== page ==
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Appealing an SEC Whistleblower Award Determination


SEC Whistleblowers Denied Multimillion-Dollar Award

On August 31, 2017, two whistleblowers appealed to the Second Circuit the SEC’s denial of a whistleblower award related to a 2012 enforcement action against Syntax-Brillian Corporation. According to the court filings, the whistleblowers provided information to the SEC that led to $60 million in civil fraud judgments against the company and its officers. The whistleblowers, however, failed to apply for an award within 90 days of the SEC posting the Notice of Covered Actions as required by the SEC Whistleblower Program’s rules. In fact, the whistleblowers did not apply for the award until nearly two years after SEC issued a notice of covered action.

This unfortunate outcome for these whistleblowers underscores the value of retaining an experienced SEC whistleblower attorney to avoid similar pitfalls. Knowing the rules can make the difference between recovering a multimillion-dollar whistleblower award and not receiving any award at all.

This article describes the process to apply for an SEC whistleblower award and appeal an SEC whistleblower award determination.  We are one of the few firms that have successfully appealed a preliminary SEC whistleblower award determination.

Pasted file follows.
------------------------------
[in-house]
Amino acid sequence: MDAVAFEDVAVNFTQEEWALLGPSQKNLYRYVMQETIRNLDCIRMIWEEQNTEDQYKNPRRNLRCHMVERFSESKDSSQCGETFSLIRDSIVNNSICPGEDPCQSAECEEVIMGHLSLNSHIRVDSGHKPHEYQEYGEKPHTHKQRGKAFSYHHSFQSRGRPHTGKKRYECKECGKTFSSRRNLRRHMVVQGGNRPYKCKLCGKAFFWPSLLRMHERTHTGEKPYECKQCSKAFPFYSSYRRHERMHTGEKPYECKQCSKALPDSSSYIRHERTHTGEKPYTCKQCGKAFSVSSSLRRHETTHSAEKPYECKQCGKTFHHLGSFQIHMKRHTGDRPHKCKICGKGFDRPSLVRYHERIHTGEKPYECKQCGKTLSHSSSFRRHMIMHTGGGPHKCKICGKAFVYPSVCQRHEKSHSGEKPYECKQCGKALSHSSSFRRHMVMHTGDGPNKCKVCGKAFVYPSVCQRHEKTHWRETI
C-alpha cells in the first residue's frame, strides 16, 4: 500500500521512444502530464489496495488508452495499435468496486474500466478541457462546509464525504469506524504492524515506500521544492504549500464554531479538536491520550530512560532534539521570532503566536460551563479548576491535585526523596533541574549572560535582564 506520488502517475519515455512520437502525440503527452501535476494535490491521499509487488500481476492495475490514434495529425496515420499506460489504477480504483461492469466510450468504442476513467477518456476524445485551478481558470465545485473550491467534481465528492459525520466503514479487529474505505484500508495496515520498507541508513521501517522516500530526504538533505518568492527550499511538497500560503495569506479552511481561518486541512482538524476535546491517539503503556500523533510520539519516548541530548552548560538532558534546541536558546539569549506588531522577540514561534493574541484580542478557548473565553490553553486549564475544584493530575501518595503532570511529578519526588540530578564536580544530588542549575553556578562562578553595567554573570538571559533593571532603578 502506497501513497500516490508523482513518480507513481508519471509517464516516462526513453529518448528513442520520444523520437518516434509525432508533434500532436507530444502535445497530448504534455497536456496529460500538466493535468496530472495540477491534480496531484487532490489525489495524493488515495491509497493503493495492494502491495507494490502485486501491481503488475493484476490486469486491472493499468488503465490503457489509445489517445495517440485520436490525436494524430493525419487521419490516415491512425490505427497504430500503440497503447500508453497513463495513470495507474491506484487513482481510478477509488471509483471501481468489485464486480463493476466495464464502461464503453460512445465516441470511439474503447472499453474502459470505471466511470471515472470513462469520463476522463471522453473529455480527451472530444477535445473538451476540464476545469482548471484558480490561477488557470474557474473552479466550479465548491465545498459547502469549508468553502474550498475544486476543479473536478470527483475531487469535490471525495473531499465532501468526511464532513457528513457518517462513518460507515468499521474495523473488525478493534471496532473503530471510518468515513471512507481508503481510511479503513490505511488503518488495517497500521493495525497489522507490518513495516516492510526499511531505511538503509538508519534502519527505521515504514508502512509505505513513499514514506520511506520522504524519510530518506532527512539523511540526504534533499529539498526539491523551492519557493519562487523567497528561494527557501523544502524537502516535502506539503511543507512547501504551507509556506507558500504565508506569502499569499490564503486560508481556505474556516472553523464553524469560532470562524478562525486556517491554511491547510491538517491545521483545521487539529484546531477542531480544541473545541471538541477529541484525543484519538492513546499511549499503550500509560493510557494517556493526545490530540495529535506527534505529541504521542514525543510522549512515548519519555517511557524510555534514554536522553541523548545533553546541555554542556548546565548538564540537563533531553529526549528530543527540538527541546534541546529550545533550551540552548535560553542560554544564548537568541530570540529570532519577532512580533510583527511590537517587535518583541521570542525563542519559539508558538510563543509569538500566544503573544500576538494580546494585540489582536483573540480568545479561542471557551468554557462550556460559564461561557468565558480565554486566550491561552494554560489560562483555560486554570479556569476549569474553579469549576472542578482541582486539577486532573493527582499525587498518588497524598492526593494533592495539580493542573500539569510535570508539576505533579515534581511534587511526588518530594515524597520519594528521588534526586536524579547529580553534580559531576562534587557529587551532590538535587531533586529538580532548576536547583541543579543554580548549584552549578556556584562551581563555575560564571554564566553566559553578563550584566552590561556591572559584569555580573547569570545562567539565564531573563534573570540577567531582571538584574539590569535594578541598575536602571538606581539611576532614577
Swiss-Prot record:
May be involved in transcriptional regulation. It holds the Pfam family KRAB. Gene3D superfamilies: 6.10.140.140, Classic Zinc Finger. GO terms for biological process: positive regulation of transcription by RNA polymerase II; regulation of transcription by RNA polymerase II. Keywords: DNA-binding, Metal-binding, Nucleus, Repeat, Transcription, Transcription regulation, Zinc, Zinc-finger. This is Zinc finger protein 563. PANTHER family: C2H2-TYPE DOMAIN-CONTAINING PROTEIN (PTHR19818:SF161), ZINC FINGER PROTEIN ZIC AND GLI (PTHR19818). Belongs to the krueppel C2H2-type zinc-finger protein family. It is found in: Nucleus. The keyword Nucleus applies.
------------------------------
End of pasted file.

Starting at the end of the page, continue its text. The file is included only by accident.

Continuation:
If you have original information that you would like to report to the SEC Office of the Whistleblower, contact the Director of our SEC Whistleblower Practice at [email protected] or call our leading SEC whistleblower lawyers at (202) 930-5901 or (202) 262-8959. All inquiries are confidential.

In conjunction with our courageous clients, our SEC whistleblower lawyers have helped the SEC halt multi-million dollar investment schemes, expose violations at large publicly traded companies, and return funds to defrauded investors.

Preliminary SEC Whistleblower Award Determination

After a whistleblower applies for an SEC whistleblower award (by submitting a completed Form WB-APP within 90 calendar days of the SEC posting the Notice of Covered Action), the SEC Whistleblower Office’s Claims Review Staff will review the application in accordance with the rules of the SEC Whistleblower Program and make a preliminary award determination. The Claims Review Staff may base this determination on: